Construction is progressing on Gansevoort Peninsula Park, a new 5.5-acre public recreational space on the Hudson River waterfront in the West Village. Designed by James Corner Field Operations, which was commissioned by the Hudson River Park Trust in January 2019, the upcoming green space is located next to Pier 53 directly across from the Whitney Museum of American Art, and will feature Manhattan’s first public beach.
Photographs taken along Hudson River Park and from Thomas Heatherwick‘s nearby Little Island show further work taking place since our last update in September.
Several tall metal poles have been mounted in place on the western end that will hold up the perimeter netting for the soccer field. Large deliveries of rocks and material continue to build up the land above sea level around the center of the park.
A low-rise reinforced concrete wall is built on the northern side of the property, and should likely serve as a retaining wall with infill behind and the cascade of rocks meeting the water line on the outer face, as seen in previous renderings.
Giant blocks of stone dot the length of the park awaiting to be put in place.
On the southern side of the site are white rectangular blocks, and parts of the walkways are being formed with tied steel rebar and imminent concrete pouring.
The FDNY Marine Company 1 building anchors the northern corner with its geometrically angled superstructure.
A soccer field will occupy most of the land and will be surrounded by numerous pathways, stepped seating, a sandy beach with a children’s playground with additional seating and umbrellas, kayak slips, a salt marsh, a dog run, viewing platforms, and lush landscaping throughout.
Along the southern edge of Gansevoort Peninsula Park is David Hammons’ Day’s End, a skeletal outline of a pier shed built over the Hudson River on the former site of Pier 52. Hammons was inspired by artist Gordon Matta-Clark, who had used the original pier as a medium for his art in the mid-1970s. The minimalist open-air work serves as a reminder of New York’s waterfront past.
YIMBY last reported that Gansevoort Peninsula Park is expected to be finished at the end of 2023.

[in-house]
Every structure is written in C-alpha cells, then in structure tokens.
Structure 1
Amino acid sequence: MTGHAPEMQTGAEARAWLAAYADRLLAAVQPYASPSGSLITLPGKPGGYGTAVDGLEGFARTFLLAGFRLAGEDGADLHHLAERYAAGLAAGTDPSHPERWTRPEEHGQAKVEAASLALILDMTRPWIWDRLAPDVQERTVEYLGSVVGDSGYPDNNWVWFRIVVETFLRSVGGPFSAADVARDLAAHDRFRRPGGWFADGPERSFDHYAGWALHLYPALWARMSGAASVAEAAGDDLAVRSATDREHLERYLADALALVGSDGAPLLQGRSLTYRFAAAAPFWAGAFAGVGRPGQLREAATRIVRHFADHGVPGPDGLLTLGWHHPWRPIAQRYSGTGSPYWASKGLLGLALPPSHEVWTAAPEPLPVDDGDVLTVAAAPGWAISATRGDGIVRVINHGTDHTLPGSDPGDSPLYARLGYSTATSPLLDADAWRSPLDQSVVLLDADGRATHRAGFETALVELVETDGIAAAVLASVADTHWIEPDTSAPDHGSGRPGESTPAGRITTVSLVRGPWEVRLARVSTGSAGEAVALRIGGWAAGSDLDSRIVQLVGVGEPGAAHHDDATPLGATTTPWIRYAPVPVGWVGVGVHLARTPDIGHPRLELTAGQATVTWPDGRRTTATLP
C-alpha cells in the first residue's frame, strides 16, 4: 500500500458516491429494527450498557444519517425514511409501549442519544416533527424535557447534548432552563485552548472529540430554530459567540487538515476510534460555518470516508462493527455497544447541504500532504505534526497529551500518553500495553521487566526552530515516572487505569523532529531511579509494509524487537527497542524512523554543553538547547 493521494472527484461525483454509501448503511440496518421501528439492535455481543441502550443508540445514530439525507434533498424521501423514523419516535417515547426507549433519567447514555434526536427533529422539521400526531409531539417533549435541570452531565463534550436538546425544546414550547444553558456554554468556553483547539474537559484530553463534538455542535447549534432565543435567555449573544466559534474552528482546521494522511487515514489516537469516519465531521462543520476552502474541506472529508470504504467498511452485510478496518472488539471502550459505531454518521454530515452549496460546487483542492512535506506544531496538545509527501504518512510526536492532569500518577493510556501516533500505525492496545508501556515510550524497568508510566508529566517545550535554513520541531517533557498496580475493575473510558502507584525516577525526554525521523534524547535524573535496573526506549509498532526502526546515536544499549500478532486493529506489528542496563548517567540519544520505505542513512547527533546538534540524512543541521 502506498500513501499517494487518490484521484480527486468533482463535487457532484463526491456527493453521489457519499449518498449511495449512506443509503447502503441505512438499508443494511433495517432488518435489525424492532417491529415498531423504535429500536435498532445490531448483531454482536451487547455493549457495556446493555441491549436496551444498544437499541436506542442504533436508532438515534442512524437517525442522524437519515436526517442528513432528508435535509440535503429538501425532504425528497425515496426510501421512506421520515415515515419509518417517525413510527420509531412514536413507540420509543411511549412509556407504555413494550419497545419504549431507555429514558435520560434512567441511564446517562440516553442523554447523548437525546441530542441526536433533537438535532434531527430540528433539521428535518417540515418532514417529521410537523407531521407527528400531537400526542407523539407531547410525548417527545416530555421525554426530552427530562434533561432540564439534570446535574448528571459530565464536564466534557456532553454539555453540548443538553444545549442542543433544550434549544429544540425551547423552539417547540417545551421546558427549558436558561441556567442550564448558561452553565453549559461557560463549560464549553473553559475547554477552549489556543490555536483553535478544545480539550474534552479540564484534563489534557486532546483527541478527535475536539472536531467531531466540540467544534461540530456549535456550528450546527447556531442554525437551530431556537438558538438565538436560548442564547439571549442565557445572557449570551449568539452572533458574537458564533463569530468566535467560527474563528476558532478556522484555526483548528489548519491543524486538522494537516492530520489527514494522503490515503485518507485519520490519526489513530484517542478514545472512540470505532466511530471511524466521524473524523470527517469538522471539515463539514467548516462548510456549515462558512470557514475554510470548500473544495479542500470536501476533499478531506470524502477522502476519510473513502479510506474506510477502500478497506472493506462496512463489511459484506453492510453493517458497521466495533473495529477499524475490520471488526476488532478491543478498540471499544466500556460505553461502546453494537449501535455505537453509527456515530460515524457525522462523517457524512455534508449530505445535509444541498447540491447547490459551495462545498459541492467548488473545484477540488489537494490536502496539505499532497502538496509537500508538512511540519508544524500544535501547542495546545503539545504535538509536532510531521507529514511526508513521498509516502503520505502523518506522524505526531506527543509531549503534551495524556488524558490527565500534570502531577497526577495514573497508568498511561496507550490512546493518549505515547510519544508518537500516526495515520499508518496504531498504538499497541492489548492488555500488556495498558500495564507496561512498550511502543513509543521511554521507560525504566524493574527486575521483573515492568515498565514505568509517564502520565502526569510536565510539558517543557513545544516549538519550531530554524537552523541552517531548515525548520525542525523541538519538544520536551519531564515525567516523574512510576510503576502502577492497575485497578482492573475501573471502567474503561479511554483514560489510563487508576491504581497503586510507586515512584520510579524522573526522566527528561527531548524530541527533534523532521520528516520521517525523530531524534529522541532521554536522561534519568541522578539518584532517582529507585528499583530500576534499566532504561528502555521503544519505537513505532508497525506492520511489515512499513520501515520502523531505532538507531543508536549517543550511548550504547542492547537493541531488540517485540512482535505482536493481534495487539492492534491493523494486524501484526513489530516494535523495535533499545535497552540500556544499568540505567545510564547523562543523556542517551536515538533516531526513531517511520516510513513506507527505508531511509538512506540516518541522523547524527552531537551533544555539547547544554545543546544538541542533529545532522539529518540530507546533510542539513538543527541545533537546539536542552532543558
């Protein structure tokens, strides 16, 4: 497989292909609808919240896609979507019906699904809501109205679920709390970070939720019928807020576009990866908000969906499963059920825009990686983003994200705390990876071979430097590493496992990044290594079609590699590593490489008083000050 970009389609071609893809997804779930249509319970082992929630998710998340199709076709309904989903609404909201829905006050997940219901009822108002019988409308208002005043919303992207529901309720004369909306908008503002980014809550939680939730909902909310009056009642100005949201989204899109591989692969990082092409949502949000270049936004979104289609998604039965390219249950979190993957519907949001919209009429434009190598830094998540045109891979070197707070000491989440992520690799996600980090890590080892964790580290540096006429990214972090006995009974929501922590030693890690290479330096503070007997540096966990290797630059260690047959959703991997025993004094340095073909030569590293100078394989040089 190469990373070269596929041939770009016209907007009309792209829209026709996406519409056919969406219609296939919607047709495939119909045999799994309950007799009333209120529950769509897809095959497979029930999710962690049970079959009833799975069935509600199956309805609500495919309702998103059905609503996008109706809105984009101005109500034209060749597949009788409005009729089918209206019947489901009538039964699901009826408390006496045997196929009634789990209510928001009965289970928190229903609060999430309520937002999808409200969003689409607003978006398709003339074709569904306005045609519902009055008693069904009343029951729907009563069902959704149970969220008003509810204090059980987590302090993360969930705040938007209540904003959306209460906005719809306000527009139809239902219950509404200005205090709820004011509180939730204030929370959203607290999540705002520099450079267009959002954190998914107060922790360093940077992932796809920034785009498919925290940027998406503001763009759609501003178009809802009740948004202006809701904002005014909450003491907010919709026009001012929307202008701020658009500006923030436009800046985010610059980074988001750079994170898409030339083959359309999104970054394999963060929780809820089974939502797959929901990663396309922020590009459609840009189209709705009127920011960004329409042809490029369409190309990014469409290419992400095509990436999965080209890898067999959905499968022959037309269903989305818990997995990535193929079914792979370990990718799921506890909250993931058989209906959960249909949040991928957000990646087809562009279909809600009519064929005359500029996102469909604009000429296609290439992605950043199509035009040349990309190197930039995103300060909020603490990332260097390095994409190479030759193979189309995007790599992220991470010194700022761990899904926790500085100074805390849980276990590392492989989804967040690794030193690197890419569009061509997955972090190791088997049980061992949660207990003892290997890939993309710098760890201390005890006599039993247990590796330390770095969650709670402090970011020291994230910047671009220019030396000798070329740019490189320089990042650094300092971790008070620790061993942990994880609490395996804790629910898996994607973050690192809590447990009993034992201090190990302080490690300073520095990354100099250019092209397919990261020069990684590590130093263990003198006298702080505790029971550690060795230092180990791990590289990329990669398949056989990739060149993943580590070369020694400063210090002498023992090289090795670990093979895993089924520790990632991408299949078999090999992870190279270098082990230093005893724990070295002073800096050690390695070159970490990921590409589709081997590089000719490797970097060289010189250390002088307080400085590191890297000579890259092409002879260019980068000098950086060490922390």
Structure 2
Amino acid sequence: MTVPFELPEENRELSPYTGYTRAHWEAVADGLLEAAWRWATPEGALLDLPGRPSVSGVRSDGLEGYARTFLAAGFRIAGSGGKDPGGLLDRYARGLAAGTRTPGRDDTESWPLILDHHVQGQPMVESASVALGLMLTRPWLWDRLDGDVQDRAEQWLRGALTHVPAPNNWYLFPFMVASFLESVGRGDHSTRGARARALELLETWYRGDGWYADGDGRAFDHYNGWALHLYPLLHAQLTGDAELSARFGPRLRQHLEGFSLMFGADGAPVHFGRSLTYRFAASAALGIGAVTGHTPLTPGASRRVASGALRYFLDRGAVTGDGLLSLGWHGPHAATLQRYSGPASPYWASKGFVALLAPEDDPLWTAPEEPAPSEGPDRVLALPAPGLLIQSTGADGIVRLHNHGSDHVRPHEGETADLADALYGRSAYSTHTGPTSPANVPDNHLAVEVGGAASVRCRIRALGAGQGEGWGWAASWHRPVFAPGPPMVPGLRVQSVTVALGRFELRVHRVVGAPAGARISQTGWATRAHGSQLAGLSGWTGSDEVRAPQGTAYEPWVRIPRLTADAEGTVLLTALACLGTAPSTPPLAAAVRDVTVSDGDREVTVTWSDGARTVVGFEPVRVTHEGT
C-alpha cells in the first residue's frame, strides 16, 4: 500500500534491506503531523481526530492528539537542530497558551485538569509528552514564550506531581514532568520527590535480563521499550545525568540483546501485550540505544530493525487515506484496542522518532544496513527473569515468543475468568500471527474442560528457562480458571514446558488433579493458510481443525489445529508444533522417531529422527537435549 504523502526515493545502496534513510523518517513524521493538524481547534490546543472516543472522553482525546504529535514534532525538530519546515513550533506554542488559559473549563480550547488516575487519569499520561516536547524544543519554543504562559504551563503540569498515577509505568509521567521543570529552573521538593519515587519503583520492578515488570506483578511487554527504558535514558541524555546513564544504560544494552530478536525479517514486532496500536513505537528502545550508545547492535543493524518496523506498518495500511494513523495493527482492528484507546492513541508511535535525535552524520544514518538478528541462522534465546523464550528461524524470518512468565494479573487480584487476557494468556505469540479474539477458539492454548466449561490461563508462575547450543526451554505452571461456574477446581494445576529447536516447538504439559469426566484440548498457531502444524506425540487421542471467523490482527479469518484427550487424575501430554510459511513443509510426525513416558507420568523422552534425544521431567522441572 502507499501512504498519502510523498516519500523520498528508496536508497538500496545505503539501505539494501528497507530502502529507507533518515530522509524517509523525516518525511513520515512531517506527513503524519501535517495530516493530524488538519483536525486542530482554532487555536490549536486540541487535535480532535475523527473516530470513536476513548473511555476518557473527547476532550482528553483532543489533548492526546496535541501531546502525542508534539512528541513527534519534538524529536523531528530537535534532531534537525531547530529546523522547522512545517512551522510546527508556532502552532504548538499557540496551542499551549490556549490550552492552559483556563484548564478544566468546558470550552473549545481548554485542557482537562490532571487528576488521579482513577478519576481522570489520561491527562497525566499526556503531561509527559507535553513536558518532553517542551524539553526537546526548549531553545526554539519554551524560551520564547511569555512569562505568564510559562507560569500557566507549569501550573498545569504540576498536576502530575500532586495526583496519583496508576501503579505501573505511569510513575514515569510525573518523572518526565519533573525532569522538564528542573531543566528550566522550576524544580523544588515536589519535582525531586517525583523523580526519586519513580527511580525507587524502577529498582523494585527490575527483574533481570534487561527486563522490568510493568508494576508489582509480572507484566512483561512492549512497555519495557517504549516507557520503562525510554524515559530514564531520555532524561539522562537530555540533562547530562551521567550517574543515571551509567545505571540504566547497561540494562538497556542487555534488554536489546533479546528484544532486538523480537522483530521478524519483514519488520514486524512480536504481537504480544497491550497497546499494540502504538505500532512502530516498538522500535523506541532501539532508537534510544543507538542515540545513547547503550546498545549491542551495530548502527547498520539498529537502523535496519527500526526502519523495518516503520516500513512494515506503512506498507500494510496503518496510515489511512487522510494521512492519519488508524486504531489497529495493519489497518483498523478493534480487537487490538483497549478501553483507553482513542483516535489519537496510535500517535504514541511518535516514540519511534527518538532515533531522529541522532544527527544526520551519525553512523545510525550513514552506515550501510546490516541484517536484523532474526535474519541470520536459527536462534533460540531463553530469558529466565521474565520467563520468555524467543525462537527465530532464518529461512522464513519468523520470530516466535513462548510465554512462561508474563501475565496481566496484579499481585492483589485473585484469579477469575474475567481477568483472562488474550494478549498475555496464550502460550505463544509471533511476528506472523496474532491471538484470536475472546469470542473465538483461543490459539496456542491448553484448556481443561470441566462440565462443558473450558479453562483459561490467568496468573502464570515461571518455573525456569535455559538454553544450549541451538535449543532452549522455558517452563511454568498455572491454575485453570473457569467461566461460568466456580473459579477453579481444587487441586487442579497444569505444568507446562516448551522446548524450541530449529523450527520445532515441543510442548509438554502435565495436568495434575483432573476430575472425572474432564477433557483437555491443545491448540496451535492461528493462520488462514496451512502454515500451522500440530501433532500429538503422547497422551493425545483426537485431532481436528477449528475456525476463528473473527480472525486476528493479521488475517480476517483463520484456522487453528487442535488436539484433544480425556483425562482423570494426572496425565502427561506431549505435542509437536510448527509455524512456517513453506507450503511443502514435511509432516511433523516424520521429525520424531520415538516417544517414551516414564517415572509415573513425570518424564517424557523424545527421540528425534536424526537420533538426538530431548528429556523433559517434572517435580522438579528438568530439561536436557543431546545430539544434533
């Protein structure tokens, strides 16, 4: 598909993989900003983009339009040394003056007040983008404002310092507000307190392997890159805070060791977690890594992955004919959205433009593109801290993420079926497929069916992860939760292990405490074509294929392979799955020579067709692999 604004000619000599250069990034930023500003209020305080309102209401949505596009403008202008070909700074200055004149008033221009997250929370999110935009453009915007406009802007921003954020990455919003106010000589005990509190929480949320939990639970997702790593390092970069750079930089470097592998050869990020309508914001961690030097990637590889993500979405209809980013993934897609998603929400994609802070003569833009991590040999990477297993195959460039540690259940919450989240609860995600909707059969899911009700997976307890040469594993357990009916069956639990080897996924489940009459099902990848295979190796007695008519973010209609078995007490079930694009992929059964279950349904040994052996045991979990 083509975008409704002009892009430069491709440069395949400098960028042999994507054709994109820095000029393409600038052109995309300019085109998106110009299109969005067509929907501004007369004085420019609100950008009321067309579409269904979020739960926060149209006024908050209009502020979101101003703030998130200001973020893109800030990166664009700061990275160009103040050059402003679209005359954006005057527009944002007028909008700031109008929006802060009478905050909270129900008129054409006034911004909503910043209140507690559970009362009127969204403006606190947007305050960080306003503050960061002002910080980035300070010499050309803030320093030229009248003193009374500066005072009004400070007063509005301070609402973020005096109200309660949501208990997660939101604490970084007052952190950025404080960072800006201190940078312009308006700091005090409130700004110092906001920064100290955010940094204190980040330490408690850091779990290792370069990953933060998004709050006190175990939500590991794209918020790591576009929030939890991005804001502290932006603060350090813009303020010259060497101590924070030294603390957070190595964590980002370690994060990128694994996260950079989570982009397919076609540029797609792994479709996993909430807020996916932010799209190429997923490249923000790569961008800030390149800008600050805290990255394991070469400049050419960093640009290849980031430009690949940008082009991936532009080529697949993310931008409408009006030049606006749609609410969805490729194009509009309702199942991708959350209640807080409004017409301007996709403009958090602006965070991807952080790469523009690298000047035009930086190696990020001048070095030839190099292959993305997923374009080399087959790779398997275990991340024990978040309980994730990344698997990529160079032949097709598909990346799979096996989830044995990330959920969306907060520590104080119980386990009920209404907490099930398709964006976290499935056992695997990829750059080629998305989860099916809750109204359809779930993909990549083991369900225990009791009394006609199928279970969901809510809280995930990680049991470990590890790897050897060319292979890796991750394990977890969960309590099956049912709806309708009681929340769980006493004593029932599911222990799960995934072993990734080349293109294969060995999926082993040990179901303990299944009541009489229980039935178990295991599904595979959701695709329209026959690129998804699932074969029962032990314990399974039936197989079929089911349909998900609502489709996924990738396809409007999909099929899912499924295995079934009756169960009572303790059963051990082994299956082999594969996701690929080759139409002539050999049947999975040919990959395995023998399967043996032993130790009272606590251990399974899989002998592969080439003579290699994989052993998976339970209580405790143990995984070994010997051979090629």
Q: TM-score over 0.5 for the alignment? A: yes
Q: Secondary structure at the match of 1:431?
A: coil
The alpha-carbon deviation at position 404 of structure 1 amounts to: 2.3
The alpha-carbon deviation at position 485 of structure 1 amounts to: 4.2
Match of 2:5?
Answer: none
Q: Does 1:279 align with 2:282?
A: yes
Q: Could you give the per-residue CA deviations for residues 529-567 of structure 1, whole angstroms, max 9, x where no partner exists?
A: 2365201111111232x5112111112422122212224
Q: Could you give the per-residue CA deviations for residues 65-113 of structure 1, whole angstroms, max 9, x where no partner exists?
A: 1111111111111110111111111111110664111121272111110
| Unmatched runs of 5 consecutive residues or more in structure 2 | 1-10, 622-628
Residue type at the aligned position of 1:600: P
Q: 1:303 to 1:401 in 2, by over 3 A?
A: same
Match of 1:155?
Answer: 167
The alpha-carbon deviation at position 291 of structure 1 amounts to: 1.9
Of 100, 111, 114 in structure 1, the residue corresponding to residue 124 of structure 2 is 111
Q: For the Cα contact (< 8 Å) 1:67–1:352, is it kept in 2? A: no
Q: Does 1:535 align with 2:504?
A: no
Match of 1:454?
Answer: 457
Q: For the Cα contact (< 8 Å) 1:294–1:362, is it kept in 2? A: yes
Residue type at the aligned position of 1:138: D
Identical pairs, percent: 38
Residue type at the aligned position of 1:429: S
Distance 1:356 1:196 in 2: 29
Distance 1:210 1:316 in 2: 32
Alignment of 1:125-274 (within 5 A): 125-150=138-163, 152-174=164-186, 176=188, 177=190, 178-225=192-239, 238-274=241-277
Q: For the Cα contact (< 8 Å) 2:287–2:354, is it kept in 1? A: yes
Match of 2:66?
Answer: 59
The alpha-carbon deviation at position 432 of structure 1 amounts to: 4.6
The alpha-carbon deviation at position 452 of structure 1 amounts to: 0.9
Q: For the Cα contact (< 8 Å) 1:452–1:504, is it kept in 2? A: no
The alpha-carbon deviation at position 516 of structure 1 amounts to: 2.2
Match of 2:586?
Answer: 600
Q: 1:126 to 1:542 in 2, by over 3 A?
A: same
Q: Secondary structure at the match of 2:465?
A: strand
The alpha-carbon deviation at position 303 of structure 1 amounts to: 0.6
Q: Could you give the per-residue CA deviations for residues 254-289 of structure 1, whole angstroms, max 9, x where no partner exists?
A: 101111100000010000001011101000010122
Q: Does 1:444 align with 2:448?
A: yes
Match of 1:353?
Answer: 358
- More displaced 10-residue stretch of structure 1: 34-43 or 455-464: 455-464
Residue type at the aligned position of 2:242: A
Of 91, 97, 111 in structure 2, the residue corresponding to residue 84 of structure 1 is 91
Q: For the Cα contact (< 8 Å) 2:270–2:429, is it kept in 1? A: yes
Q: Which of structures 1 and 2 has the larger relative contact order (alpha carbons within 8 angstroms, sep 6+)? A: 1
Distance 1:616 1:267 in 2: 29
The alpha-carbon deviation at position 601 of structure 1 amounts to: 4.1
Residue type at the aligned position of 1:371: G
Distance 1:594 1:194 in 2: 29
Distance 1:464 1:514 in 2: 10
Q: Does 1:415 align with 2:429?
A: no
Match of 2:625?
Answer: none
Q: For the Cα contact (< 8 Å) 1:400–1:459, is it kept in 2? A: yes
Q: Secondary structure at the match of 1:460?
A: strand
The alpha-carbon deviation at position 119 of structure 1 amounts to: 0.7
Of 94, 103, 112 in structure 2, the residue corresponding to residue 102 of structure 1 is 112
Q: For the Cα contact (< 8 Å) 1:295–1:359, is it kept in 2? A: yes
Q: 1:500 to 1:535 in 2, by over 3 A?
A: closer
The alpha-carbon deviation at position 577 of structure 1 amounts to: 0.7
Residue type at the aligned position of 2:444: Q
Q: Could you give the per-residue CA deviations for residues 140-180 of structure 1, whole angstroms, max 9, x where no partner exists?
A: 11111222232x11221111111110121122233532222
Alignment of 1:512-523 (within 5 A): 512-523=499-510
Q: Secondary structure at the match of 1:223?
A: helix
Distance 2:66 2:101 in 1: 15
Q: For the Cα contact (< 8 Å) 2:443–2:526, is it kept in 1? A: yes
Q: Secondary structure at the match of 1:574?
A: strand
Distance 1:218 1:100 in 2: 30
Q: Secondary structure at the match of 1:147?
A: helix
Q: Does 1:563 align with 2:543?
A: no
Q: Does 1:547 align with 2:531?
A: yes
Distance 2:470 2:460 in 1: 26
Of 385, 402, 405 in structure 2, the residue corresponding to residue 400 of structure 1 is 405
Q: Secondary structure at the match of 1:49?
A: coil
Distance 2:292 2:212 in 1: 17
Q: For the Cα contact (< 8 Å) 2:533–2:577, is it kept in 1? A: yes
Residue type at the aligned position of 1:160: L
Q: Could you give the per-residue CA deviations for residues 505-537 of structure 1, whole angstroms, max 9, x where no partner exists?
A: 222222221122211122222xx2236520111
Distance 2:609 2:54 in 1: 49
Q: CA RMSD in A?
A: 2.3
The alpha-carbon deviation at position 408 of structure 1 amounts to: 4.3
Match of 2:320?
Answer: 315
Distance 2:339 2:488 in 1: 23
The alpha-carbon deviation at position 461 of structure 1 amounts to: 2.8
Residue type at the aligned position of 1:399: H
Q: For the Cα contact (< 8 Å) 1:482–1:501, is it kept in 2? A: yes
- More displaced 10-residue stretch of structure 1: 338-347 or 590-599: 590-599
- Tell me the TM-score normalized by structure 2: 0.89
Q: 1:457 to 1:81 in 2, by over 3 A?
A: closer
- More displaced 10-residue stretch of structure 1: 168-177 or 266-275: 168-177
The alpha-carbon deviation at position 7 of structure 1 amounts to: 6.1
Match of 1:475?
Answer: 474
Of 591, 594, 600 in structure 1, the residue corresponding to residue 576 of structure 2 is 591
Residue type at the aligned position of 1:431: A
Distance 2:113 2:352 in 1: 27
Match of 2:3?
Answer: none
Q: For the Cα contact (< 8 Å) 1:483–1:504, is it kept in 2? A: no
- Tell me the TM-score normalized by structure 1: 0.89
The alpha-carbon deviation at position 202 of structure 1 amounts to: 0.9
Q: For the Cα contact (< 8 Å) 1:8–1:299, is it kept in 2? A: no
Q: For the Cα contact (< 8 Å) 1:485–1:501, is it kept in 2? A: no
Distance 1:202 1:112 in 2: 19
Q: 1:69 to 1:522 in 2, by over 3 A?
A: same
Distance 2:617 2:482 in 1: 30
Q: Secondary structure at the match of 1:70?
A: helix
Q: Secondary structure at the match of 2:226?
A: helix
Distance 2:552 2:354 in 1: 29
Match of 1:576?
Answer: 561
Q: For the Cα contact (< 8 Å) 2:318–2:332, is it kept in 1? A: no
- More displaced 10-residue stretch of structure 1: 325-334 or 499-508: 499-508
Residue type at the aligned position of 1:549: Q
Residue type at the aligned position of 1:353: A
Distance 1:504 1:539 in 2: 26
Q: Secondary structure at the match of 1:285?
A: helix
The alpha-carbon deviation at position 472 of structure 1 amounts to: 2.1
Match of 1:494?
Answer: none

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I still don’t understand that beach area.
There’s now swimming, only the sand area.
Hudson river current is too strong to swim
East river is a tidal basin and safer, but I wouldn’t try it
I feel so relieved and liberated, with its size taken from the sky. The location is next to the concrete floor, and in the water; which combines perfectly: Thanks to Michael Young.
Where is the beach? Not sure the point of that open metal structure along the entire south side.
No doubt Manhattan can use some more open spaces, so these expansions into the Hudson are a great idea! I hope this continues and maybe some day there will be a complete park from this location up to the Little Island and maybe further!
The beach is a big sandbox and going into the water might not be the best idea without a nearby shower. The green space however is a plus for area.
How do you get to the park? Will there be a pedestrian bridge over the Westside Highway? Or a tunnel under it? (not likely). Will there be a way of walking to it from the Highline?
There is a traffic light and crosswalk at Ganesvoort and West Streets.
I would love to see the NYC Ferry that goes from St. George to Brookfield Place and then to 39th Street have a stop at this new park.
Pity they’re wasting so much of the space on a Soccer pitch.
Hudson river has so much promise.
Recreational boating is coming back strongly, community sailing is on the upswing , and the shores need more parks and development
There should be more docks along the Hudson so people can boat.